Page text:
DOAC - monitoring

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  • important to consider renal function (i.e. to 'think kidneys') when selecting the dose of any DOAC for each individual patient
    • usual measure of renal function (estimated Glomerular Filtration Rate (eGFR)) is not generally recommended for DOAC dosing decisions. In the major clinical trials of patients with non-valvular Atrial Fibrillation (AF) dosage was based on estimates of renal clearance based on the Cockcroft and Gault (CG) equation. This is not the same as the eGFR reported by most pathology services

    • where creatinine clearance is calculated to determine DOAC dose this should be done using the Cockcroft and Gault formula and ACTUAL body weight

Renal Clearance of DOACs

    • Drug Renal Clearance
      Apixaban 27%
      Dabigatran 80%
      Edoxaban 50%
      Rivaroxaban 35%

An incorrect DOAC dose may have important efficacy and safety implications:

  • Using a lower dose when patients do not meet the criteria for dose reduction may increase the risk of embolic events and result in potentially preventable strokes.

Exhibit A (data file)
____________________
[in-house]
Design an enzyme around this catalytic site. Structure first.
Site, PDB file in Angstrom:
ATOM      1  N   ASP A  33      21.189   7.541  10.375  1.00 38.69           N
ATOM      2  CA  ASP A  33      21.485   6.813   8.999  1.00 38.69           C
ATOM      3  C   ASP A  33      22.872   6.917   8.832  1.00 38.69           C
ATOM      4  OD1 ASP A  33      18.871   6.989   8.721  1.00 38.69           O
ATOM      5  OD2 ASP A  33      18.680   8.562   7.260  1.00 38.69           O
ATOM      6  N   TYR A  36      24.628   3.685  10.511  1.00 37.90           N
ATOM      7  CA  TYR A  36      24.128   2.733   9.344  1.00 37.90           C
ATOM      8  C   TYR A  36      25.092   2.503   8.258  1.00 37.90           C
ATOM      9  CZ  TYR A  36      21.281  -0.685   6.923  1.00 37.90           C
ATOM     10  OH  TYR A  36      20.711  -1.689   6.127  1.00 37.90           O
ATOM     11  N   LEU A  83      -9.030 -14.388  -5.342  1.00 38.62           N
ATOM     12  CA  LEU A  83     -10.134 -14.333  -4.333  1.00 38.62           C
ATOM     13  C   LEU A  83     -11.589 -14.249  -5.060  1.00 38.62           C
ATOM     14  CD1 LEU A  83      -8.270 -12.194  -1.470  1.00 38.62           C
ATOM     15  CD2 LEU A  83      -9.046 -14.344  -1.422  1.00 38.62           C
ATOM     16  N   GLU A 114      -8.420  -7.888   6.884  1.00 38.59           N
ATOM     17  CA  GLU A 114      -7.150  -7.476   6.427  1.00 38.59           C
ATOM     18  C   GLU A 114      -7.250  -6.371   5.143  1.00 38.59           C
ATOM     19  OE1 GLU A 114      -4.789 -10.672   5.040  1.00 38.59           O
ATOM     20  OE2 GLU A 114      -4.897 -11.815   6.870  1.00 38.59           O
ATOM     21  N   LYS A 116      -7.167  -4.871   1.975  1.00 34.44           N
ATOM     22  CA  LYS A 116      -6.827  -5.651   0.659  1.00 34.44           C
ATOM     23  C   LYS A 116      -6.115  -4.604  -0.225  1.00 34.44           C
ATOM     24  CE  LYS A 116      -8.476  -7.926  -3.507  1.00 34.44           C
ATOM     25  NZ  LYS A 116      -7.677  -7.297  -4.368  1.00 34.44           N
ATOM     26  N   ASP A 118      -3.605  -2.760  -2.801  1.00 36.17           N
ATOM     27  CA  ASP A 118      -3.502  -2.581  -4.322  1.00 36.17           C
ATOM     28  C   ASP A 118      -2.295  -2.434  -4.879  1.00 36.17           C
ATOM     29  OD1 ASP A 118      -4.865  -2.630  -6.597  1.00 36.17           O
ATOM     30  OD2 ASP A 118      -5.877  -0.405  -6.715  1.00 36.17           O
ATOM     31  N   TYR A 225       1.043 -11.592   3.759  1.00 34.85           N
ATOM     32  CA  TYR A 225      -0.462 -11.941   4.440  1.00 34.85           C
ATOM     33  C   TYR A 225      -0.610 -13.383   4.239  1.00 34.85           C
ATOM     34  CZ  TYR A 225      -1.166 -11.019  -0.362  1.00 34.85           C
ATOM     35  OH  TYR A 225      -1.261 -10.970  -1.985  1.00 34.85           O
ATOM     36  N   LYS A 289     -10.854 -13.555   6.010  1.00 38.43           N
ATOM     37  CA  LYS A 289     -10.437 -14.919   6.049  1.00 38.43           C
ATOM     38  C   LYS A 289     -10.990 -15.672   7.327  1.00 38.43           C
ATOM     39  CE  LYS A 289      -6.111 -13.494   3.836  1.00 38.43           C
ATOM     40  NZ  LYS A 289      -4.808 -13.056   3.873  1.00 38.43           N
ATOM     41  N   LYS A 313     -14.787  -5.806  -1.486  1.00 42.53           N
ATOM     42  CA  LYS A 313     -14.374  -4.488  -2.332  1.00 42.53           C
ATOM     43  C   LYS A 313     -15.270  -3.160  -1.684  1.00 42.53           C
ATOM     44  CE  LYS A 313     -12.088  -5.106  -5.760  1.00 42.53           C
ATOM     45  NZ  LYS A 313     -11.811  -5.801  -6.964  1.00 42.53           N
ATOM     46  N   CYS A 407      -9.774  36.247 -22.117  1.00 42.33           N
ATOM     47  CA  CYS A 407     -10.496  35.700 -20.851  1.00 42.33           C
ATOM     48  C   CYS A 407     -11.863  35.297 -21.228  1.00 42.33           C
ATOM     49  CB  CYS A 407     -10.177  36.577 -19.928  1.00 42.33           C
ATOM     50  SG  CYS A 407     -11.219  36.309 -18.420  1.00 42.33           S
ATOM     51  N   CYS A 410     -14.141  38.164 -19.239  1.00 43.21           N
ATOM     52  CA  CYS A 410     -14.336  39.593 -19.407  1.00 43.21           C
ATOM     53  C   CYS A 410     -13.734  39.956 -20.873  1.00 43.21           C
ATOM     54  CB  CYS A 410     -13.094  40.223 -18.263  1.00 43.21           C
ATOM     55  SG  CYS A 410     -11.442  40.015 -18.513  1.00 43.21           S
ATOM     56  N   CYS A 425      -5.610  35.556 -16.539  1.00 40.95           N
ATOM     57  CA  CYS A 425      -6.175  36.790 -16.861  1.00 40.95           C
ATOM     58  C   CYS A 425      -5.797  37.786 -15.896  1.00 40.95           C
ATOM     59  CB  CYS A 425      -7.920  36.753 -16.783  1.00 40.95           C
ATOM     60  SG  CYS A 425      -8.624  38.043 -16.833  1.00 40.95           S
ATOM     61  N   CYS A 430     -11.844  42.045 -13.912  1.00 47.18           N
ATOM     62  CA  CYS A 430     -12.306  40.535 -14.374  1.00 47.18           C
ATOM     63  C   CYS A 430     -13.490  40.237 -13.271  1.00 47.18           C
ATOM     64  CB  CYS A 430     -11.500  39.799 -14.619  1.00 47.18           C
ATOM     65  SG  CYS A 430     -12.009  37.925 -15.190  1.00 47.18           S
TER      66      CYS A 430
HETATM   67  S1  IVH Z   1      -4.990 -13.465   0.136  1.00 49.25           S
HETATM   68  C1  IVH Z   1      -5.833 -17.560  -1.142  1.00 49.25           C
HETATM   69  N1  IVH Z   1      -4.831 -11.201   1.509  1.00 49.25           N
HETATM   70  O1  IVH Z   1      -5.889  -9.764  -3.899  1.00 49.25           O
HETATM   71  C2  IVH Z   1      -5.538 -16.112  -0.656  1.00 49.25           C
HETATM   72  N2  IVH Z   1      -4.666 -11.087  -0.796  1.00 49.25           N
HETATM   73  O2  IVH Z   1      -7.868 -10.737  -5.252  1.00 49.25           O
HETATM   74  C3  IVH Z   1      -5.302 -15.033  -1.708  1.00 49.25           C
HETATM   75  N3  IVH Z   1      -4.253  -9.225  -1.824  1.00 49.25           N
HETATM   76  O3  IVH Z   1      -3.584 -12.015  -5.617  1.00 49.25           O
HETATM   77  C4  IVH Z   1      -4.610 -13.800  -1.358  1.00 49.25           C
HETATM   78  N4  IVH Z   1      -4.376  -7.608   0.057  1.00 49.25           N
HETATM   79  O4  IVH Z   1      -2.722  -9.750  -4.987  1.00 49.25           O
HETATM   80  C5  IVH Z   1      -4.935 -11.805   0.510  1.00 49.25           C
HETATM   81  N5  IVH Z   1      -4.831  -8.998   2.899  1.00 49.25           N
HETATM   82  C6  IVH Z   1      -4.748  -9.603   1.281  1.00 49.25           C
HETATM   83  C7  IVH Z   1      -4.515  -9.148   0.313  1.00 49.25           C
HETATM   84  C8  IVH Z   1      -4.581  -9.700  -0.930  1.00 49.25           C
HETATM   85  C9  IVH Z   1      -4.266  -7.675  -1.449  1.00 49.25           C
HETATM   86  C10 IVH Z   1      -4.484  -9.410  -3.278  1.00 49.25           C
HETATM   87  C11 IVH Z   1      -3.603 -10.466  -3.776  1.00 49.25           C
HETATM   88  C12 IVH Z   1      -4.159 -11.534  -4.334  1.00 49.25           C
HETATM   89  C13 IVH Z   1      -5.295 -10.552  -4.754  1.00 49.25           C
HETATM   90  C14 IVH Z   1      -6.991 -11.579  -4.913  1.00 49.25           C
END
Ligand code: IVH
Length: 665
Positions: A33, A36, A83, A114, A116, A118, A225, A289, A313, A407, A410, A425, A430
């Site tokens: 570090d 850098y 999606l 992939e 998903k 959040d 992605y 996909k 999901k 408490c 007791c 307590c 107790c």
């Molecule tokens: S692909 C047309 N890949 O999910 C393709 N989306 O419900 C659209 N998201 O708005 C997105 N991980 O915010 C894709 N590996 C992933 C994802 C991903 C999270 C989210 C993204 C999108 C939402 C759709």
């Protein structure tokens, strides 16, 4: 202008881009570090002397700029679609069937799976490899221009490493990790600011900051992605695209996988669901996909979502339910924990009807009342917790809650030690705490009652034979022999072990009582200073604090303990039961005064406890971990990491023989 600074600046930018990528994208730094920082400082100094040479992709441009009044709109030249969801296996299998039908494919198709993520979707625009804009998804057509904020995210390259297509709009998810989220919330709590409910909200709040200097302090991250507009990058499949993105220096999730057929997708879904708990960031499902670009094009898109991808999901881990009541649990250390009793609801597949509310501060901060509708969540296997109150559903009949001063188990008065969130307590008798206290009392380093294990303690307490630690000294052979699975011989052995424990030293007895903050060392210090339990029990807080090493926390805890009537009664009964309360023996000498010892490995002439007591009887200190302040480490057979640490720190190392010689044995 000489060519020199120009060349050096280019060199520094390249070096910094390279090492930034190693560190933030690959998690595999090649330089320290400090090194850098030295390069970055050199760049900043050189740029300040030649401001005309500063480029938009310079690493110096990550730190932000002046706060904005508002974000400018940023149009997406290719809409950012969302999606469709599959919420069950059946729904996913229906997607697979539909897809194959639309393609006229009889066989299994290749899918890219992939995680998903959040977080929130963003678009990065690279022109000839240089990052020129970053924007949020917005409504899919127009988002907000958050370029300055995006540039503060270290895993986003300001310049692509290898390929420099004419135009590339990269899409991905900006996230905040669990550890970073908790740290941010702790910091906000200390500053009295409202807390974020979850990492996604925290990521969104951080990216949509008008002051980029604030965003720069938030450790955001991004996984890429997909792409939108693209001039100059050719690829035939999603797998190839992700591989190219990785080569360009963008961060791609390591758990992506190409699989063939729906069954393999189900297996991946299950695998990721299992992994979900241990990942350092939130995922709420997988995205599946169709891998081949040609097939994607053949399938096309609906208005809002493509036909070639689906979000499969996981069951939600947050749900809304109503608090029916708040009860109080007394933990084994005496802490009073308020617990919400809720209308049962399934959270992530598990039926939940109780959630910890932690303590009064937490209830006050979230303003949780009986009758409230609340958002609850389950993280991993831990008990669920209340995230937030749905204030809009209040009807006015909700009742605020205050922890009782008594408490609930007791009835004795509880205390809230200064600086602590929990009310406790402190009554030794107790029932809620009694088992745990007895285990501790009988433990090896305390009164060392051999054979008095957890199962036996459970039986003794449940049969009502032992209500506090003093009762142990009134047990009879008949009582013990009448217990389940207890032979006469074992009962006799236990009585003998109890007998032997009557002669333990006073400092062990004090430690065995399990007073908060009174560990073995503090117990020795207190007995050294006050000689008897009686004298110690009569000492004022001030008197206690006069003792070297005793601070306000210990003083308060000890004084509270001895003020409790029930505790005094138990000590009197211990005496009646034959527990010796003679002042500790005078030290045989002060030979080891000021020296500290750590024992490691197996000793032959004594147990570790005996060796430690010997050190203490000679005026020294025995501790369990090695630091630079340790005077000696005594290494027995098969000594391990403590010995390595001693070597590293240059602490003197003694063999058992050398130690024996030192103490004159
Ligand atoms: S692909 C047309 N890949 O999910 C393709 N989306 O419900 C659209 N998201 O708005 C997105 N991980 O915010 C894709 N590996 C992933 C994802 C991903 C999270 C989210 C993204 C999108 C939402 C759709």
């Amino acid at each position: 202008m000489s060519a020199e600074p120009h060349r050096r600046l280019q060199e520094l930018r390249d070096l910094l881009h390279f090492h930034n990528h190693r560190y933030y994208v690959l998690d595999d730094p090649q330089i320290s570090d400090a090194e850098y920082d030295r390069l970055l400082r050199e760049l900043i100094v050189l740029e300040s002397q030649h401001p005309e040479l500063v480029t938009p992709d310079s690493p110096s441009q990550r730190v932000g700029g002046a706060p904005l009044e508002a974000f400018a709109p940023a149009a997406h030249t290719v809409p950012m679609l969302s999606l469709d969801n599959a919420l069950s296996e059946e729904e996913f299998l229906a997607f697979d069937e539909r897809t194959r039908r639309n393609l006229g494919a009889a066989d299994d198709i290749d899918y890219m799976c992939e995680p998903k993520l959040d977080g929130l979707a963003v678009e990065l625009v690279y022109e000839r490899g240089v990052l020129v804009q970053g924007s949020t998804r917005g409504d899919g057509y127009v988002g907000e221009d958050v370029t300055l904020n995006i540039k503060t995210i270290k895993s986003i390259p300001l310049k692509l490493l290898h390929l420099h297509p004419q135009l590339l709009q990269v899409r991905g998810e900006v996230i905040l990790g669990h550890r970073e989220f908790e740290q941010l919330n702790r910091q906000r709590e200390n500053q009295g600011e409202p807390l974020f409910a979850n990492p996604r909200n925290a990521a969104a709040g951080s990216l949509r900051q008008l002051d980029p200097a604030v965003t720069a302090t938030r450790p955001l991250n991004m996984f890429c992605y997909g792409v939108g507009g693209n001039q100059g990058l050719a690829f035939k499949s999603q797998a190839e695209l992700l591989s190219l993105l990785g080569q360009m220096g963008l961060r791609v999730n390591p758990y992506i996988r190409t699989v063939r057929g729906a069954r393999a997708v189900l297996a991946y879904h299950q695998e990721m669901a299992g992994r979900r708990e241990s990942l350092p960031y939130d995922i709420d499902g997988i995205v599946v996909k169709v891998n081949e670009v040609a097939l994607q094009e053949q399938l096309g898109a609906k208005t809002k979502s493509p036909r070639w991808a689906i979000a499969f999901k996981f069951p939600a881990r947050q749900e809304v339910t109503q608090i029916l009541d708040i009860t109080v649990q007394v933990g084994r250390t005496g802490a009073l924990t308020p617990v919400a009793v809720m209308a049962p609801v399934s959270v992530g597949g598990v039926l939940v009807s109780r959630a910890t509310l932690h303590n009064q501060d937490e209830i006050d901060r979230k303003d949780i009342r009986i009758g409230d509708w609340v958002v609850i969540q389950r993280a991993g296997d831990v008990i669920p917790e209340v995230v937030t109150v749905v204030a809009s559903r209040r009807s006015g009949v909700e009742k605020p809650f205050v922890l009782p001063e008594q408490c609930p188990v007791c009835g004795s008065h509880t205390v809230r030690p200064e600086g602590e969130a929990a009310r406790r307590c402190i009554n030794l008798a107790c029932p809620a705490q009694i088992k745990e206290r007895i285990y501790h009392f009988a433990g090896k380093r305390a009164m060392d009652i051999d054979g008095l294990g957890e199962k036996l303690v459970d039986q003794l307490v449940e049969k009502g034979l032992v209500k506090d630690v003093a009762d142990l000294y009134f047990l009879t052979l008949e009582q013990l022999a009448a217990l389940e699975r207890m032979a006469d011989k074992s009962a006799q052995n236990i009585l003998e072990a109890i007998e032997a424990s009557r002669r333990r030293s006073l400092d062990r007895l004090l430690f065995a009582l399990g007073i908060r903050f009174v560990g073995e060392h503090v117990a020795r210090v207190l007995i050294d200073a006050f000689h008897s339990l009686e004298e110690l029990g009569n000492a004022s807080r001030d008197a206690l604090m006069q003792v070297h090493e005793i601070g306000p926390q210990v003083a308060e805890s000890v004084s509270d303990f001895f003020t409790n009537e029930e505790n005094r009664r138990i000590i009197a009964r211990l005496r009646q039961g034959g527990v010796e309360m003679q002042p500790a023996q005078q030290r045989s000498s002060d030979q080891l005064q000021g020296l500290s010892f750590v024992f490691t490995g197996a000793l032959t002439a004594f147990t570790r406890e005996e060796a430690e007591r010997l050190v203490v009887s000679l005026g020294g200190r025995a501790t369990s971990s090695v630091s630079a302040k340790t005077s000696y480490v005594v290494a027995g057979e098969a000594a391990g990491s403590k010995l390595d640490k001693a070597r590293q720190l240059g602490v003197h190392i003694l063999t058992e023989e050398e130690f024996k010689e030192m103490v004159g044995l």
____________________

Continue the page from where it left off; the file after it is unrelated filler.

• Using a higher dose where the renal function indicates that a dose reduction is necessary may increase the risk of bleeding

Notes (2):

  • Anticoagulation is generally prescribed for older patents
    • an audit in primary care reported 4 in 5 patients taking anticoagulants were aged 65 or over and 1 in 2 were aged 75 or over. The risk of developing kidney disease also increases with age, so DOACs are likely to be prescribed for a substantial number of people who will require dosage adjustment. Regular monitoring to identify and address the consequences of any deterioration in kidney function over time is also important


  • Notts APC (July 2018). Direct Oral Anticoagulants (DOACs) for treatment of DVT or PE, or prevention against recurrent DVT or PE (in Adults).
  • Specialist Pharmacy Service (July 2019). Direct Acting Oral Anticoagulants (DOACs) in Renal Impairment : Practice Guide To Dosing Issues.

Last edited 07/2019 and last reviewed 01/2021